The Boy Who Loved Math: The Improbable Life Of Paul Erdos
  • The Boy Who Loved Math: The Improbable Life Of Paul Erdos
  • The Boy Who Loved Math: The Improbable Life Of Paul Erdos
  • The Boy Who Loved Math: The Improbable Life Of Paul Erdos
  • The Boy Who Loved Math: The Improbable Life Of Paul Erdos
  • The Boy Who Loved Math: The Improbable Life Of Paul Erdos
ISBN: 1596433078
EAN13: 9781596433076
Language: English
Release Date: Jun 25, 2013
Pages: 48
Dimensions: 0.39" H x 10.08" L x 8.11" W
Weight: 0.97 lbs.
Format: Hardcover
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Book Overview

Most people think of mathematicians as solitary, working away in isolation. And, it's true, many of them do. But Paul Erdos never followed the usual path. At the age of four, he could ask you when you were born and then calculate the number of seconds you had been alive in his head. But he didn't learn to butter his own bread until he turned twenty. Instead, he traveled around the world, from one mathematician to the next, collaborating on an astonishing number of publications. With a simple, lyrical text and richly layered illustrations, this is a beautiful introduction to the world of math and a fascinating look at the unique character traits that made Uncle Paul a great man.
A Kirkus Reviews Best Book of 2013 A New York Times Book Review Notable Children's Book of 2013

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Book Reviews (20)

5
  |   20  reviews
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5
   A nice book with rewards for the curious
This is a beautifully told story that appeals especially to children who find solace in the predictability and beauty of the numbers. But it will let you enjoy an uncommon story while also highlighting the existence of mathematics as a subject of interest, a life's pursuit beyond the rote memorization that most children are forced to endure. Some of the mathematical concepts portrayed in the pictures are not explained as part of the story, but are included in an appendix for those older or more advanced readers interested in opening the door to some more advanced concepts.
 
5
   Beautiful biography for epsilons and their parents
This book does an incredible job of capturing Paul Erdös'quirkiness. I must admit that I am a little biased, but this is one of the best biographies I have ever read. The text is simple but delightful, and the story of a boy who still doesn 't sit well with restless children. The mathematics in the story is detailed and well explained, with hints at deeper math drawn into the buildings 6, and simple explanations at the end.
 
3
   Not what I expected.
The story is interesting but difficult to follow a child and comes with a very anti-school time. The child dropped out of school and his mother supported it because she did not like him getting germs! Forget using this in class as a read aloud.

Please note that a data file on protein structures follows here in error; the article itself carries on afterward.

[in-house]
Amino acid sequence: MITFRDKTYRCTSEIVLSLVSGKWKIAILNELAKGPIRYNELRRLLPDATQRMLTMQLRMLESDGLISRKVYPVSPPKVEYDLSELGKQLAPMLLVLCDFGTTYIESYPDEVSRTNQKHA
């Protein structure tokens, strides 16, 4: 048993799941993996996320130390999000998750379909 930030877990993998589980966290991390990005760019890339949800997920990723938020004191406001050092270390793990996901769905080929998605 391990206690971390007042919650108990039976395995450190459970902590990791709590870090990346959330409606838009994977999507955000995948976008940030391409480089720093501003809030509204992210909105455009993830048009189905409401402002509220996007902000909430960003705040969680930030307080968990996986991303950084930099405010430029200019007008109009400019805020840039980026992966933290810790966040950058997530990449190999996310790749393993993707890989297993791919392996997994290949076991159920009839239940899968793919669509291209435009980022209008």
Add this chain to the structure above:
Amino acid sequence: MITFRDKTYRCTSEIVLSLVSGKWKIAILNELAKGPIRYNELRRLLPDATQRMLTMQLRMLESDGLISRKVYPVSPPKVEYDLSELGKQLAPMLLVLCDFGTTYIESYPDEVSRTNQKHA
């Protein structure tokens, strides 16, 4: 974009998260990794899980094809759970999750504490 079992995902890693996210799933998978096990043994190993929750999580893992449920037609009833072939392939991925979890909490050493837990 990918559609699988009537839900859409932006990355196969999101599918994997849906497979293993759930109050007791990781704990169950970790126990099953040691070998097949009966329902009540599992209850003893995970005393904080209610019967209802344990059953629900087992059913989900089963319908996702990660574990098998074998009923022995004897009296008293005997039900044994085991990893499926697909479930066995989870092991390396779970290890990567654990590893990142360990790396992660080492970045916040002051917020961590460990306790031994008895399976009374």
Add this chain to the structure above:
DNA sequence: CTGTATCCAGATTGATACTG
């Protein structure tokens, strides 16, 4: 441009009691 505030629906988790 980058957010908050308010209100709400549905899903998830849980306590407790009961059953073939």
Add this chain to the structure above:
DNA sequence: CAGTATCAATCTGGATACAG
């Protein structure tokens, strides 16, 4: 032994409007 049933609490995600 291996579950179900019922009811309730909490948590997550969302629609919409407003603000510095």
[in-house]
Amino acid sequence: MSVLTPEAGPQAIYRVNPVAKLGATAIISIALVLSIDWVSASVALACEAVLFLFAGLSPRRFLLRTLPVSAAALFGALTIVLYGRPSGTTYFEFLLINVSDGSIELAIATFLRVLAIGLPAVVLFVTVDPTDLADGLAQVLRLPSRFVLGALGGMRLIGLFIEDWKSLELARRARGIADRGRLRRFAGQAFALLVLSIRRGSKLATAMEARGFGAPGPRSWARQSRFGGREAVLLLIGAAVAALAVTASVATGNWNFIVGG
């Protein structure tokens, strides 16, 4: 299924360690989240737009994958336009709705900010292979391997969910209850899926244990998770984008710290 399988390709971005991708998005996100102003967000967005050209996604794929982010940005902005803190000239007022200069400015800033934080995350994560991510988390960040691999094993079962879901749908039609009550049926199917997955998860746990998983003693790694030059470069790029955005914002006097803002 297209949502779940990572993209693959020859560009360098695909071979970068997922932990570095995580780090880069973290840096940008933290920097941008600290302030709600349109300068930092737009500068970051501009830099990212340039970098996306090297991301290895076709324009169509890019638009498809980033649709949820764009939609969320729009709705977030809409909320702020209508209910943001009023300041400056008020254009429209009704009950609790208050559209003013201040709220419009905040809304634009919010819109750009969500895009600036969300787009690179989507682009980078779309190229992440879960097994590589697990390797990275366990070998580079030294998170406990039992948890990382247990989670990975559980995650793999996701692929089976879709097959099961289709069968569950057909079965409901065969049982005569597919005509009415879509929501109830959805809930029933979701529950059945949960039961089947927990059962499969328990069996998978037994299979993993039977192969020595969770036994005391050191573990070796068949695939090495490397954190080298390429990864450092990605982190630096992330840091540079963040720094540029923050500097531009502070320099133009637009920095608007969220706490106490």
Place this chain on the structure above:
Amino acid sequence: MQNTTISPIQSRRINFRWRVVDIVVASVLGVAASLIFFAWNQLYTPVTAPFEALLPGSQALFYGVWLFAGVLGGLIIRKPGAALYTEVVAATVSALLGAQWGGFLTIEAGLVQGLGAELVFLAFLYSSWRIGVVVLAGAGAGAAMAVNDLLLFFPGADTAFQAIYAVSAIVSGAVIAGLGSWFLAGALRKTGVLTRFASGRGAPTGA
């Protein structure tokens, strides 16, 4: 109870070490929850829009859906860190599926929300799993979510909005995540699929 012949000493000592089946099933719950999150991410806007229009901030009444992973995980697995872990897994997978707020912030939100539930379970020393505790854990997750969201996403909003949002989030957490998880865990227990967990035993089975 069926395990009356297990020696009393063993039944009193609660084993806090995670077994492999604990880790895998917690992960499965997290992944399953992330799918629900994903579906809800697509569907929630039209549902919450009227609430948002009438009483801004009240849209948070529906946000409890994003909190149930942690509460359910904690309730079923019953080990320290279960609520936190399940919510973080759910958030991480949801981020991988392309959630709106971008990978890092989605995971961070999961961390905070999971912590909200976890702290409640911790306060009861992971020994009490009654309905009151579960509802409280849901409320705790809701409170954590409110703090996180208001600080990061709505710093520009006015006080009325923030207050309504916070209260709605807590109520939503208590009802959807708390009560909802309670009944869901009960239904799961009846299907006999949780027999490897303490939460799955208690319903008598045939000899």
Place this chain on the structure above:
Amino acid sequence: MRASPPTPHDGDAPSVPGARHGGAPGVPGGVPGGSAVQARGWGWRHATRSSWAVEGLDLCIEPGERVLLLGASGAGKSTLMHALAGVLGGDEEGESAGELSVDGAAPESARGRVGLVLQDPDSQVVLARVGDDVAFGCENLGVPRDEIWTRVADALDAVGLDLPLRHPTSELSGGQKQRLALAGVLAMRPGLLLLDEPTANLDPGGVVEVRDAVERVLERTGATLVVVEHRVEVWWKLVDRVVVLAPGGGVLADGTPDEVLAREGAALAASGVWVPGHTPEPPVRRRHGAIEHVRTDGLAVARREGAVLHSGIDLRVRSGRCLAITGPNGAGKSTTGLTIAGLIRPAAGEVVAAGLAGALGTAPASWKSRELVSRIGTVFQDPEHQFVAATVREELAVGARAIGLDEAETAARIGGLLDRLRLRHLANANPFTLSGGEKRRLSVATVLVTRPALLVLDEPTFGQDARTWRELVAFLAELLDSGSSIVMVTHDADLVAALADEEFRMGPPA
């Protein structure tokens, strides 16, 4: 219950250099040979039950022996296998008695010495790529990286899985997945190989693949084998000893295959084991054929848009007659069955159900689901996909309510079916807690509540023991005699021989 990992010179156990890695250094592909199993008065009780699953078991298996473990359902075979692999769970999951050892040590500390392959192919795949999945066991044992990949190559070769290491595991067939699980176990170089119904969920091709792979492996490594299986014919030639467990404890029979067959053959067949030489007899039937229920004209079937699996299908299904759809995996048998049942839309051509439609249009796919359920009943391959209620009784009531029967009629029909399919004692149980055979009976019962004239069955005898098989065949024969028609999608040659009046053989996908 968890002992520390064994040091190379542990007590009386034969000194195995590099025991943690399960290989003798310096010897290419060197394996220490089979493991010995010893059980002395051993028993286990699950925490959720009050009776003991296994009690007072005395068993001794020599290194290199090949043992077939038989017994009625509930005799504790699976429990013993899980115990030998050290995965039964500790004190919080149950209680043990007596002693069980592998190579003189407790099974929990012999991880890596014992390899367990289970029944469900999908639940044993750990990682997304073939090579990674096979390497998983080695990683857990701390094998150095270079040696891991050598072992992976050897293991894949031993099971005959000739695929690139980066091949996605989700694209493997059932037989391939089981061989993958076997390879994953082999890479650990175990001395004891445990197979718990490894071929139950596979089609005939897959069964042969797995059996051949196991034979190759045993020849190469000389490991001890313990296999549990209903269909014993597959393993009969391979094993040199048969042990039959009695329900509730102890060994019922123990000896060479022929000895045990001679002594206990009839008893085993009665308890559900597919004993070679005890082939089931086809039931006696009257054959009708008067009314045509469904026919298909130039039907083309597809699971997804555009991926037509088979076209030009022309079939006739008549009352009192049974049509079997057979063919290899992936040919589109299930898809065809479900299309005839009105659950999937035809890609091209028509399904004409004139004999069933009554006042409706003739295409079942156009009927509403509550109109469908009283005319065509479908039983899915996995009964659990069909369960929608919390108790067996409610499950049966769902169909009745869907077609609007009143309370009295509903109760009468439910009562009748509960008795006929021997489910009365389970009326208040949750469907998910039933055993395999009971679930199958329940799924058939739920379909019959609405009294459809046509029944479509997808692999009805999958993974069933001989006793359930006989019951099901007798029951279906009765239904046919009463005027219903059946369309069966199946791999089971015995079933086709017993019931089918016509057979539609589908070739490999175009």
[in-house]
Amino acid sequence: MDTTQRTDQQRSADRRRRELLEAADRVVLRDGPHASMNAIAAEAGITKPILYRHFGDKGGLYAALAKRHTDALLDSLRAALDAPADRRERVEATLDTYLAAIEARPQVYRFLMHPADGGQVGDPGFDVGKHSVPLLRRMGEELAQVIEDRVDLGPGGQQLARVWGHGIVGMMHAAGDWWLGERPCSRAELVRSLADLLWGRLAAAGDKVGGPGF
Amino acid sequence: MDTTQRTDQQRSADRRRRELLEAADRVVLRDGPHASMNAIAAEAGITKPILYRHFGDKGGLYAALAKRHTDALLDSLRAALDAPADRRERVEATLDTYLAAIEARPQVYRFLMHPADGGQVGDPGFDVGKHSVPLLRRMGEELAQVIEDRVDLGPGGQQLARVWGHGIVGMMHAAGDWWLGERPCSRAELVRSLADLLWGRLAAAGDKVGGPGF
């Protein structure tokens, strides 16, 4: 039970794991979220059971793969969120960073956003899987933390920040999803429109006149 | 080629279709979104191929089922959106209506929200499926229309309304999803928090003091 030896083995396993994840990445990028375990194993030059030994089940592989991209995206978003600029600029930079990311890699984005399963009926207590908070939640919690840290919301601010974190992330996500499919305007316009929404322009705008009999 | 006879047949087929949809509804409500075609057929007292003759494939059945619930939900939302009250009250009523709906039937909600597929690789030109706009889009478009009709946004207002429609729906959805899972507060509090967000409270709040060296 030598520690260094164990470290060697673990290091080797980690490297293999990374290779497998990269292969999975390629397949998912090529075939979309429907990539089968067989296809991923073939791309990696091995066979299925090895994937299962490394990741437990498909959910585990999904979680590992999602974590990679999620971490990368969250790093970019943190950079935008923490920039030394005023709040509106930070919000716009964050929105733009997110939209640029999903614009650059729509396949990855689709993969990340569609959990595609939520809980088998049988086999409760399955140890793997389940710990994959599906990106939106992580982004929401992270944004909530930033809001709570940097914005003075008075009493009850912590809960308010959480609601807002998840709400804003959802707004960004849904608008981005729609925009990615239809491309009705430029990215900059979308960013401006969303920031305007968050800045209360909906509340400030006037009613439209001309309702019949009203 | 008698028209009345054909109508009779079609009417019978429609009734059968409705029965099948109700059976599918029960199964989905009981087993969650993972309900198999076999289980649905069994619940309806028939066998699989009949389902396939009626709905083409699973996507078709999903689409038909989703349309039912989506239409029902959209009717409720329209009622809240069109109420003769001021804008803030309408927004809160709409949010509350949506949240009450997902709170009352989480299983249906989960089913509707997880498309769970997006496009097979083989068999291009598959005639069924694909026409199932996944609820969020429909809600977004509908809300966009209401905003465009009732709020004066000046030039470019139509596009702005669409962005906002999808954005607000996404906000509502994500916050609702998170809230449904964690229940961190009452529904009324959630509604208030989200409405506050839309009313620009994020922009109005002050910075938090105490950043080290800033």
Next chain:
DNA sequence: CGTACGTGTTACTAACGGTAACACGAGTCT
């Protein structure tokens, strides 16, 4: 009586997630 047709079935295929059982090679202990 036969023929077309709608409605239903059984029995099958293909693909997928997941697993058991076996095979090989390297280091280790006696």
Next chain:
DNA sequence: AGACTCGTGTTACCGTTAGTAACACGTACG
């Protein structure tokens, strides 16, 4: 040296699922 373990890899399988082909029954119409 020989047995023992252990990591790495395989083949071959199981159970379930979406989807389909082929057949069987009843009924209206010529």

5
   GREAT GIFT FOR A GRANDSON
This was a gift for my grandson, who loves math himself! He is now more enthusiastic than ever.
 
5
   Great gift for new readers, inspiring students to try math!
The children loved the book and I hope that many will enjoy it for many years.
 
5
   Good promotion for early math interest
My five-year-old grandson listened to the whole book. He is very high-active, so that I was pleasantly surprised. Since the first reading, he has picked it up several times.
 
5
   A wonderful book
My eight-year-old started to read it right away, thanks to the wonderful pictures. Highly recommended to every child.
 
3
   Not what I expected.
The story is difficult for a child to follow, but it is intriguing. The child dropped out of school because his mom didn't like him getting germs. Don't use it as a read aloud in class.
 
5
   A nice book with rewards for the curious
This is a nicely told story that will appeal to kids who find solace in numbers. It won't make your child a genius in math. It will allow you to enjoy an uncommon story, while also highlighting the existence of mathematics as a subject of interest, a life's pursuit, something beyond the rote memorization that most kids are forced to endure. Some of the mathematical concepts depicted in the pictures are not explained in the story, but are included in an appendix, which will reward the older or more advanced readers who are interested in opening the door to some more advanced concepts.
 
5
   Beautiful biography for epsilons and their parents
The book captures the quirkiness of Paul Erds. The illustrations do justice to the prose, and the end notes for parents and children are wonderful. This is one of the best biographies I' ve ever read. The story of a boy who doesn't like to sit still will sit well with restless children because of the simple text. The mathematics in the story is easy to understand, with hints at deeper math drawn into the buildings 6, and detailed explanations provided at the end. No matter what the child's interests are, this book will spark her curiosity.
 
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